Category Archives: Azure

CarShop .NET Core Blazor Project – Part 6

CarShop .NET Core Blazor Project – Part 6

Following on from Part 5, where I provided the links to the CarShop C# project which defines the data model classes for the CarShop database tables and views, I have recently been working on the core components which interact with the entity framework to add data to the Azure SQL CarShop database. There are a number of components which are being developed and I focus on these so that I can start to build out the forms and the interactions from a user experience including the layout of the edit forms and controls. I haven’t yet published the source code onto my github repo, but I expect to do this in the next few months. For now, I’ve have provided a preview of the form layouts and basic capabilities whilst I complete the forms and capabilities, including the completion of testing the components.

There are a few components I’ve built, which I have briefly described below that query/display the data loaded in the previous data seeding scripts. There are components with parameters that dynamically update child components, another which uses a NavigationManager to re-direct edit pages and others that utilise lists and display the entity model data in DevExpress UI components, including ASP.Net Blazor EditForm controls.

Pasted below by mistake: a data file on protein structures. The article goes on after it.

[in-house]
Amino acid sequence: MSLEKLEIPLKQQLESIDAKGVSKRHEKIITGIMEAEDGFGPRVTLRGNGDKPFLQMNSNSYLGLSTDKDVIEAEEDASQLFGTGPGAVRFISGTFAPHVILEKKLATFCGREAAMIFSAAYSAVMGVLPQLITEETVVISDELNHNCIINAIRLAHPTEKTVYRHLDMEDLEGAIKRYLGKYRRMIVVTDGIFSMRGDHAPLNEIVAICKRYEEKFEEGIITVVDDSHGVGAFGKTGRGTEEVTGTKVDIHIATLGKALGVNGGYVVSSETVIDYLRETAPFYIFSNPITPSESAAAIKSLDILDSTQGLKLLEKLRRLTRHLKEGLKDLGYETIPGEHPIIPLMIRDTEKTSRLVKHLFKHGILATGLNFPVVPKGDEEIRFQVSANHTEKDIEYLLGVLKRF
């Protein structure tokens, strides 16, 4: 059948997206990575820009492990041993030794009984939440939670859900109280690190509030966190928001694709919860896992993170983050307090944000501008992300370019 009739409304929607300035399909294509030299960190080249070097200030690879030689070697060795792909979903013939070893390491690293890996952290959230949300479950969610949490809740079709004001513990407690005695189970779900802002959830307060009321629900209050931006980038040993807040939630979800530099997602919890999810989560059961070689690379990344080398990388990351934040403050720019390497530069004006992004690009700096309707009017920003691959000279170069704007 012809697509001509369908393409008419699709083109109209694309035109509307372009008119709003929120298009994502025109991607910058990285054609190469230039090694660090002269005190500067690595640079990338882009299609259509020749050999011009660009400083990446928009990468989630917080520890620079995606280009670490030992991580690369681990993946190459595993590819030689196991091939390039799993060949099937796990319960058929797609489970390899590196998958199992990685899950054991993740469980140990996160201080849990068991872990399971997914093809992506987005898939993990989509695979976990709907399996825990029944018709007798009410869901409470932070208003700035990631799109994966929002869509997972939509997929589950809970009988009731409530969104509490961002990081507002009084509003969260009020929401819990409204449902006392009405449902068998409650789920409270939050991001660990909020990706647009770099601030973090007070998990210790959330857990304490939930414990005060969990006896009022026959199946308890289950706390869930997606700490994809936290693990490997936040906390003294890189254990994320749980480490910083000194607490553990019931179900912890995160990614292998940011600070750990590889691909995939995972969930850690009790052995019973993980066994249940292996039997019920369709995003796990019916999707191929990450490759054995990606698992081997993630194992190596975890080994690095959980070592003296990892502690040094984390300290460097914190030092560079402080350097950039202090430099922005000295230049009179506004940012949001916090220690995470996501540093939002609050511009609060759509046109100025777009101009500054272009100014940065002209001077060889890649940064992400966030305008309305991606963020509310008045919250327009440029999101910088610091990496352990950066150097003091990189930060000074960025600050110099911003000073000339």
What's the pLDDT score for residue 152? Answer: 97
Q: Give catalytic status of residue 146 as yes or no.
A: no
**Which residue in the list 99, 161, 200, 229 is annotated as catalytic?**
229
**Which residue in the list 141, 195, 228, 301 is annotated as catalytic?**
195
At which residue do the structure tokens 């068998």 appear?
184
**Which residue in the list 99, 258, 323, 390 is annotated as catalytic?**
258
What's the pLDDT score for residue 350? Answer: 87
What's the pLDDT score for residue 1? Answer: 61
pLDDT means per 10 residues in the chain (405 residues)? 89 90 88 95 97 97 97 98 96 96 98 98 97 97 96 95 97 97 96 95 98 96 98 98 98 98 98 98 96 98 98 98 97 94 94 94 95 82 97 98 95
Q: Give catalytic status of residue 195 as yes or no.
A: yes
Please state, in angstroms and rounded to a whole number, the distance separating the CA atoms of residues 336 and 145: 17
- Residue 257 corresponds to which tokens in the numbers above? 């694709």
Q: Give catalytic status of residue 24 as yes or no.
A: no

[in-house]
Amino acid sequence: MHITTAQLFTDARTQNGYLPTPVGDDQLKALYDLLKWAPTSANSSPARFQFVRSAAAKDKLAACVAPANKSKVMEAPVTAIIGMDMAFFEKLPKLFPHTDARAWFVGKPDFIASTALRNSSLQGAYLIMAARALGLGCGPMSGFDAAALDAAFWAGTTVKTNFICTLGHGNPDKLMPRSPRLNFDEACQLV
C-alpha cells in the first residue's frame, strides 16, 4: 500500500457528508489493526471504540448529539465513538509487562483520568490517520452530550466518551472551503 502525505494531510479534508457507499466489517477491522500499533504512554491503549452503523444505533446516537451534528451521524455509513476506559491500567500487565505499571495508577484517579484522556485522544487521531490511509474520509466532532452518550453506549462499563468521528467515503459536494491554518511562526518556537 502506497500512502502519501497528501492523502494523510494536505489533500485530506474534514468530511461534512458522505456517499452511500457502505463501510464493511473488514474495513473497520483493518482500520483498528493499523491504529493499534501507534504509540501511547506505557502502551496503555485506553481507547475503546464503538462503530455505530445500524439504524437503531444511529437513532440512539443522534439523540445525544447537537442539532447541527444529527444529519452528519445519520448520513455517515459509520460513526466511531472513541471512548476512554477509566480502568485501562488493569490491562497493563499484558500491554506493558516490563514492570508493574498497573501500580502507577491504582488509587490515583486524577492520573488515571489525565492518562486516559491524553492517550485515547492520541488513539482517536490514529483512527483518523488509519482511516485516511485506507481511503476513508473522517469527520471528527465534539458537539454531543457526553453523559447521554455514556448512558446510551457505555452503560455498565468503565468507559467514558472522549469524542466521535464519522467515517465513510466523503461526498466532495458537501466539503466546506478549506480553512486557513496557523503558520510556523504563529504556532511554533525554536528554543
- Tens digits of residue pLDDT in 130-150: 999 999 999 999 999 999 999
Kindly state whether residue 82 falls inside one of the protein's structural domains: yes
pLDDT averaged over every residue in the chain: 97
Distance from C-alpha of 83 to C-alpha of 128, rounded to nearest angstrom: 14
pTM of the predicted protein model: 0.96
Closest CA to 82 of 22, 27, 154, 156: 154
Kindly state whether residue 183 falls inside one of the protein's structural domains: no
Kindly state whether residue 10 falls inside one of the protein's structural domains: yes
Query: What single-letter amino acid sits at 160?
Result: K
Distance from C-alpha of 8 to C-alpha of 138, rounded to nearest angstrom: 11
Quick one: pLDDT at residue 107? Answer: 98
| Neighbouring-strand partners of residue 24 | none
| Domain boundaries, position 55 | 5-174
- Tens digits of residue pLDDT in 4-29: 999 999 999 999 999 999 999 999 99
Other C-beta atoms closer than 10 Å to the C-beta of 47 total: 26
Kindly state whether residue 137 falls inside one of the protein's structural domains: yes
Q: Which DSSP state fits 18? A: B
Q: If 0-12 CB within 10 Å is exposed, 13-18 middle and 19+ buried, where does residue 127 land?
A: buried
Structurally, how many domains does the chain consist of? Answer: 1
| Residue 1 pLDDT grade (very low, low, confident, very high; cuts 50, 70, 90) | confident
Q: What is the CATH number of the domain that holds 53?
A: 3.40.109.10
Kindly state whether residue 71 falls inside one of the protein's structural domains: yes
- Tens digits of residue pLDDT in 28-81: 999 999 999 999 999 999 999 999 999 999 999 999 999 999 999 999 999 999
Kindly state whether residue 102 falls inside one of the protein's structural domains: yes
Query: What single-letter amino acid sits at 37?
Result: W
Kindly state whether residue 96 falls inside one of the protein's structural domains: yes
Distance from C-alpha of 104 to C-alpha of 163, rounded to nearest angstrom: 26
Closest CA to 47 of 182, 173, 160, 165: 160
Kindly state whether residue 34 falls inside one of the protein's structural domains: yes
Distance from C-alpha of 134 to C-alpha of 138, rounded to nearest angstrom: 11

Hint: Click on each image and the browser will expand the image to the full size of the screen. This will give you the same view as seen in the my development environment.

Fuel Types – two components with a dynamic fuel type view when new fuel types are added.

Car Manufacturer List

Car Fuel Types with edit functionality

Car Colours

Car Models

New Car Model

Customer List – inline Edit Capability (DevExpress UI Component)